Since Friday, it's been blowing a gale here in Sydney. It's typical this time of year when the August winds tear through town, determined to rip off a few roofs and cause general mayhem.
On Friday night, just as we were about to tune into the Olympics coverage at 5.30pm, our suburb had a power blackout. The Hiss and I were devastated. We are addicted to the Olympics so it felt like cold turkey.
Then Spanner came to the rescue. He just happened to have a generator under the house.
I take the piss out of Spanner constantly in my blog but on Friday night I had to give credit where it was due. We were the only house in the street sucking the grid for three-and-a-half hours. The Hiss and I got our Olympics fix, Spanner had a hot shower and I made spaghetti bolognaise (we have a gas stove top) and stewed apples.
Outside, the streetlights were off and feeble candlight wavered from a few apartment windows.
Now it's Sunday night and I'm sick as a dog (that's a whole other unglamorous story that involved freezing my boot-ay off in a desolate backyard in Woy Woy).
The wind is still howling down under and the Olympic Games are coming to an end in London. So sad. The Hiss and I will suffer from Post London Olympic Games syndrome. It'll take a couple of weeks to recover and I'm determined to ban bad reality TV in our house.
Here are my Top Ten London Olympic Games 2012 highlights in no particular order:
1. The women's marathon run. I thought the three Kenyans had it in the bag but Ethiopian Tiki Gelana showed incredible stamina (gold), as did the Russian Tatyana Petrova Arkhipova (bronze) who emerged from seemingly nowhere to challenge Kenyan Priscah Jeptoo (silver).
2. The look on Moh Farah's face as he grabbed gold for Great Britain in the 5000m track and field run, having claimed the 10,000m a week earlier.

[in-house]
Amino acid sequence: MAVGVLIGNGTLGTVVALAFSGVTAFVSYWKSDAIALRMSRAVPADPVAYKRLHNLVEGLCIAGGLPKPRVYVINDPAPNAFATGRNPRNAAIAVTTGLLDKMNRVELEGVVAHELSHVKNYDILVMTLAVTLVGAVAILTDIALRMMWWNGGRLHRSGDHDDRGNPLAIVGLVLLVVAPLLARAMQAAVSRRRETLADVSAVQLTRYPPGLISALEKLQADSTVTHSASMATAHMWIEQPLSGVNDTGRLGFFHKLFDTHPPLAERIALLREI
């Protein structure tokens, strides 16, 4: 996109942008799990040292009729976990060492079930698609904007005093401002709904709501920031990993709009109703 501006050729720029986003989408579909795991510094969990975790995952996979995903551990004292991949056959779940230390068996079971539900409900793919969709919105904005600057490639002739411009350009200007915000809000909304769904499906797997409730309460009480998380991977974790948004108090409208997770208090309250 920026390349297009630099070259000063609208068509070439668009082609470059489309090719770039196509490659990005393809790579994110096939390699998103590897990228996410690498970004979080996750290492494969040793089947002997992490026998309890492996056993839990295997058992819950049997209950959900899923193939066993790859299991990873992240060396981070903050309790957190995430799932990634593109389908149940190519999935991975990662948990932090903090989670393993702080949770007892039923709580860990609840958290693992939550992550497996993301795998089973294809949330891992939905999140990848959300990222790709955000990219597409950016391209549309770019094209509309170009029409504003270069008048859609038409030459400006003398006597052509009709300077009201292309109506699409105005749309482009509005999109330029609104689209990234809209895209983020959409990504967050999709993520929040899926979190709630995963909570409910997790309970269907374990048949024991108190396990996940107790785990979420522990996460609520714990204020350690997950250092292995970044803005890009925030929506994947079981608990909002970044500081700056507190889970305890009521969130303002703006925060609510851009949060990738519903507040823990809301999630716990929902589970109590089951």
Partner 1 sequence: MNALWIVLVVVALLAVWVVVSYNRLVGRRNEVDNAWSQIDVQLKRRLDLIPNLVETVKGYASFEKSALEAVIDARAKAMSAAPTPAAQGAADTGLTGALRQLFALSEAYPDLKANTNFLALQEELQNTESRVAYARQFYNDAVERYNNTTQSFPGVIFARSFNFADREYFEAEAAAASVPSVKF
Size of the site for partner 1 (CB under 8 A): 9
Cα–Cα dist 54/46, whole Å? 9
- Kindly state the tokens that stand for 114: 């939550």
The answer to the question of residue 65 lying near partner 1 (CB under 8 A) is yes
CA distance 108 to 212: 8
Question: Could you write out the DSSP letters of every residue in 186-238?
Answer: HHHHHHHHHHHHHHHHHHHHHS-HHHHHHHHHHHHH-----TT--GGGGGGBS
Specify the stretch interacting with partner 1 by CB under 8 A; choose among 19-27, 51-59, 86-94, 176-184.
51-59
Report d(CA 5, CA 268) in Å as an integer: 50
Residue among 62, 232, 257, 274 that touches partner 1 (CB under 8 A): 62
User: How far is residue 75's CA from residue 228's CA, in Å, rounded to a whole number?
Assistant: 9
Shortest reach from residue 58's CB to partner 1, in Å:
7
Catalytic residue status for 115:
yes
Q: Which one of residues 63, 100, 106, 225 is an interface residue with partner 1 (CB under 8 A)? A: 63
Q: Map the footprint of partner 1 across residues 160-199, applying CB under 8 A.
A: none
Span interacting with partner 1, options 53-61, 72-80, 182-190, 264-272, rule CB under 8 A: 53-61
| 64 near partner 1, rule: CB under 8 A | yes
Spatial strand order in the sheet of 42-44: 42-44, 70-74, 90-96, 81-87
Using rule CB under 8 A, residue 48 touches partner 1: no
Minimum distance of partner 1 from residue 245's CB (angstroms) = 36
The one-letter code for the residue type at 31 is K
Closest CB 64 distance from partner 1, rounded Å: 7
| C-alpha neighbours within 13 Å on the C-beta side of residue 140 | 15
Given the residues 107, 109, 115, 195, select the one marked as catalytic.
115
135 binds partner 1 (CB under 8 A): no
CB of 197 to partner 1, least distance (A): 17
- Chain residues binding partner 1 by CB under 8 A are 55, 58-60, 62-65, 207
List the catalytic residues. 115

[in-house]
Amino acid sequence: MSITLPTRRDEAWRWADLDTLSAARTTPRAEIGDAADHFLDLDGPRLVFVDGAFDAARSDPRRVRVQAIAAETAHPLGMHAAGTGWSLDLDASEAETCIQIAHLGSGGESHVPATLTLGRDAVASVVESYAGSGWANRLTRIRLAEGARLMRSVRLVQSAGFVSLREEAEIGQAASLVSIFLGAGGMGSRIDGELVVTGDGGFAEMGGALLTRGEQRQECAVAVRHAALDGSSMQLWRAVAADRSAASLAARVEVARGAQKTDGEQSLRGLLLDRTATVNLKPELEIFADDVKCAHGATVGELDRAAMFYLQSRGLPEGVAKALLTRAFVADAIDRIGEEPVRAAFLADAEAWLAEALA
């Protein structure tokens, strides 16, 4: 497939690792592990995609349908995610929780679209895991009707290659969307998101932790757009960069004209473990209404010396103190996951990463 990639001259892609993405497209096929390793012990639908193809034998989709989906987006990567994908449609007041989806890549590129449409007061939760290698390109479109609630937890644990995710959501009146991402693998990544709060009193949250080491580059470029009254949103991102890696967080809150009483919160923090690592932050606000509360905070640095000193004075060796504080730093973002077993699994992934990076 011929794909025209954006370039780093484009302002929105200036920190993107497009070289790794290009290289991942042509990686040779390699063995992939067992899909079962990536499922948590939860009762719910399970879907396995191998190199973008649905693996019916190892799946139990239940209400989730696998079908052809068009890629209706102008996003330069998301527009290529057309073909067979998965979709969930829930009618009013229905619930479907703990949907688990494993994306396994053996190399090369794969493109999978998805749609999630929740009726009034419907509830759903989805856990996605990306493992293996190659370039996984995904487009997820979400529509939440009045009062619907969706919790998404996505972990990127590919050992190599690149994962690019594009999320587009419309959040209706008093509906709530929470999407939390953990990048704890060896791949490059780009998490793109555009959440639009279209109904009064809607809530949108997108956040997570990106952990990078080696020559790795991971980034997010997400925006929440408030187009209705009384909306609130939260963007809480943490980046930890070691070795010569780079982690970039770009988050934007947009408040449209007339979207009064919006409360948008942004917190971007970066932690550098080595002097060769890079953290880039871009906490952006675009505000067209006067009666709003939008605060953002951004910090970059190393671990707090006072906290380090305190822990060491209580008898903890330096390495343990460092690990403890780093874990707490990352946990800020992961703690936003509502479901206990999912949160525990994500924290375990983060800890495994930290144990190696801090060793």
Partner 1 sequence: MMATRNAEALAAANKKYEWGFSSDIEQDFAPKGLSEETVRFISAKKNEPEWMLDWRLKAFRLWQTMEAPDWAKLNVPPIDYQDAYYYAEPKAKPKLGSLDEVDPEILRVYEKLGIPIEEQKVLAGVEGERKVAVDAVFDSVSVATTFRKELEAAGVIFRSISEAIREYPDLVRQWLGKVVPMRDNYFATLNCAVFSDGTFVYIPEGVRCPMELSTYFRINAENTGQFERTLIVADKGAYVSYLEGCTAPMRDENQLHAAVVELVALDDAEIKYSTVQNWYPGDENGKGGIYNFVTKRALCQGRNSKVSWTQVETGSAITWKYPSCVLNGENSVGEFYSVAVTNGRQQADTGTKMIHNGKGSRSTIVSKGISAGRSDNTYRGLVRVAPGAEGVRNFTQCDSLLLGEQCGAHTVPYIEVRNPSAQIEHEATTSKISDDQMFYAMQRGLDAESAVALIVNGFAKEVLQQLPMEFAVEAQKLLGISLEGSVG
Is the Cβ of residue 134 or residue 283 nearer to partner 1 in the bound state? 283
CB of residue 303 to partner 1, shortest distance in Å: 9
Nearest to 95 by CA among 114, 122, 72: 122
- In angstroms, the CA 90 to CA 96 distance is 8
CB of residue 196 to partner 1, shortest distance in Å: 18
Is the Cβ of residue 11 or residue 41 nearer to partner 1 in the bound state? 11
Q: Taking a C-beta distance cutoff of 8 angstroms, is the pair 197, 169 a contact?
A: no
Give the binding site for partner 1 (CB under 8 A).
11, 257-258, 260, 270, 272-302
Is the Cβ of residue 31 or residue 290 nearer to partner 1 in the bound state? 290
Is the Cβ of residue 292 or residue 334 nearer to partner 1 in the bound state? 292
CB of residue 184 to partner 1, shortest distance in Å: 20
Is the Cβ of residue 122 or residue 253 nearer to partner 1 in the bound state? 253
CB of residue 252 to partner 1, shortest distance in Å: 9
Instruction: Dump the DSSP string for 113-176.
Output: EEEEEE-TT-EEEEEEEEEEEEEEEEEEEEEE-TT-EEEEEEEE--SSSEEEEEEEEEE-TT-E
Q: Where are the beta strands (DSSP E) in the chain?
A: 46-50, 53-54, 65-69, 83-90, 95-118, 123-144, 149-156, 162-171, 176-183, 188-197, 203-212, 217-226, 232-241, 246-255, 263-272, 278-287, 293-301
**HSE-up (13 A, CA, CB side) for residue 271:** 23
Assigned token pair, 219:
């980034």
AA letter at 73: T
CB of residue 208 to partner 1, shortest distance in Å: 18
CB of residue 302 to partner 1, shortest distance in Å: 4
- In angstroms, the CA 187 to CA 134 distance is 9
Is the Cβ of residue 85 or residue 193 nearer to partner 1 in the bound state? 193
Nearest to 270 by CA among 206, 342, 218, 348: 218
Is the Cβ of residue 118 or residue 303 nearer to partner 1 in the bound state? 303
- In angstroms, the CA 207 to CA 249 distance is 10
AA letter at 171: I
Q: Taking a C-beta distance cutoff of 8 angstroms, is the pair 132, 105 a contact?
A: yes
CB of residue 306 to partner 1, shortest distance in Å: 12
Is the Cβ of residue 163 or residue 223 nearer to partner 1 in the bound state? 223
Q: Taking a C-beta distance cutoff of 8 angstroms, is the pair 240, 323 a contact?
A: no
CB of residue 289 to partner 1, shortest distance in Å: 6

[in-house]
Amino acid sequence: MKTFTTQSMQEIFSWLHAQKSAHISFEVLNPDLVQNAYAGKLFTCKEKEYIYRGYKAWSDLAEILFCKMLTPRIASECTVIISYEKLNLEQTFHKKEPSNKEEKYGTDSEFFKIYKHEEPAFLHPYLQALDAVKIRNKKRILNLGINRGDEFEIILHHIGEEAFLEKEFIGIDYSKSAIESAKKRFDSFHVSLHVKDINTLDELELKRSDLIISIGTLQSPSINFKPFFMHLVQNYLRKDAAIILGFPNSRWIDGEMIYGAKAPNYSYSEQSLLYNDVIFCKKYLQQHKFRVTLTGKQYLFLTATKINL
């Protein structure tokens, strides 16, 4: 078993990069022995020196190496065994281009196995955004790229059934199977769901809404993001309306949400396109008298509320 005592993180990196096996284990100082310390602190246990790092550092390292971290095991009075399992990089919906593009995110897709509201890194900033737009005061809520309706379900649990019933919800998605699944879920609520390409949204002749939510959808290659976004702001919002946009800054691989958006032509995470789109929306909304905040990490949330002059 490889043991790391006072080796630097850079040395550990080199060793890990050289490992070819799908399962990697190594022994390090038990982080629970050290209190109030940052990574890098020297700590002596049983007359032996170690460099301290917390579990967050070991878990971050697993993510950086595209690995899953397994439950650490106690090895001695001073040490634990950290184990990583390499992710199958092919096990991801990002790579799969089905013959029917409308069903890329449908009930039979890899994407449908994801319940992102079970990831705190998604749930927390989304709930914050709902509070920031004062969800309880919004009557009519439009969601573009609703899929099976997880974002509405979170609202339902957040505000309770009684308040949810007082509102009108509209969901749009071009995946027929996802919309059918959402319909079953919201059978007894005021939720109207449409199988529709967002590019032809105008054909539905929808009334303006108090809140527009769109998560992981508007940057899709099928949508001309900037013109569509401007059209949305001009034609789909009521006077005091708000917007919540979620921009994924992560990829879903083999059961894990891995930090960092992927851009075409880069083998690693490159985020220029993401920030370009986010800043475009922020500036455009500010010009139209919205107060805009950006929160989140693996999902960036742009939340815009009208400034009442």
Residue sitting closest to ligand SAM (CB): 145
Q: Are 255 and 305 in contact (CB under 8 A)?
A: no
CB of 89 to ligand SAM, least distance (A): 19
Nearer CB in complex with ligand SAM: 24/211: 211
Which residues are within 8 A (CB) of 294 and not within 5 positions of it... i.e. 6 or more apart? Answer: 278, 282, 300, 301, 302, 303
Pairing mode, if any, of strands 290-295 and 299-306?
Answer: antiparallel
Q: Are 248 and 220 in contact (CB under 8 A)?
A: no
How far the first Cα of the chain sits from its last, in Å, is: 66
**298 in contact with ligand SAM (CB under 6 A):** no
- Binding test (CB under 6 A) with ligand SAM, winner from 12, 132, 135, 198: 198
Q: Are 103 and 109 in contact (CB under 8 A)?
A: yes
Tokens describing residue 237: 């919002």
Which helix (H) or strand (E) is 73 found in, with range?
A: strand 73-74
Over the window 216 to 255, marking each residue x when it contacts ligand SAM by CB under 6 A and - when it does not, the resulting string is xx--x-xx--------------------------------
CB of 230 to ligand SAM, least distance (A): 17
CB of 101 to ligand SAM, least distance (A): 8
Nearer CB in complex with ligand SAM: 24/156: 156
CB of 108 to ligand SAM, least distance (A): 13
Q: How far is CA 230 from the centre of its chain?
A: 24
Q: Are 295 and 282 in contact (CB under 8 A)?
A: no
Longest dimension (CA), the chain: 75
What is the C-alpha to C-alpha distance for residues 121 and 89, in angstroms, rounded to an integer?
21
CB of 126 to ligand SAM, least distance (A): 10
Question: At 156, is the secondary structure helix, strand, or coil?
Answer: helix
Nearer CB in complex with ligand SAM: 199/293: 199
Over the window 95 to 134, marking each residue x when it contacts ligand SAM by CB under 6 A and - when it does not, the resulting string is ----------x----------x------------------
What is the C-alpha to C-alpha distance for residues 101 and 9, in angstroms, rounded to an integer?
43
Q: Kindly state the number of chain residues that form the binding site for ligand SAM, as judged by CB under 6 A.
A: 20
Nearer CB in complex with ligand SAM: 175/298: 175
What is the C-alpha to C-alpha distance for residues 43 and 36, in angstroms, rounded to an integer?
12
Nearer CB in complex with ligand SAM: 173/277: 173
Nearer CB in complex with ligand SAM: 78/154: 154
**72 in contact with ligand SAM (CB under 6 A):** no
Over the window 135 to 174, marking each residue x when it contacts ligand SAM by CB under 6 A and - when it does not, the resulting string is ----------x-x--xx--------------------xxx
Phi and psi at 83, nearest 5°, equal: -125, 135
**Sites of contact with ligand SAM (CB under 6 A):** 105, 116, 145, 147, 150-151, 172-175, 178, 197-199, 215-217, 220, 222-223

3. The final of the women's 100m hurdles when Australian Sally Pearson pipped the defending champion Dawn Harper, from the USA, by 0.02 seconds to break the Olympic record in a time of 12.35. At first no one was sure who won the race, so close together were the two women over the line. When the scoreboard showed Pearson's name, she screamed and fell to the ground. When she rose to her feet, a gracious Harper gave her a hug. How good is that?
4. I stayed up late to watch the women's 10 kilometre swim, which was fought out in the muddy Serpentine in London's Hyde Park. Hungary's Eva Risztov led for most of the way around a course that gave nothing back to the swimmers - it wasn't salty (no buoyancy) nor tidal (no current) or clear (dense, murky and thick). It looked like the Hungarian could not be beaten, as she put a fair distance between herself and the three other swimmers in the lead pack - USA's Hayley Anderson, Italy's Martina Grimaldi and Great Britain's Keri-anne Payne. However, as she raced for the finish line she was challenged by the Italian and then the American, who hit the touch pad suspended at the finish a second later. But the win was all Risztov's, who emerged from the sludge looking like she'd just completed a few casual laps of the local pool.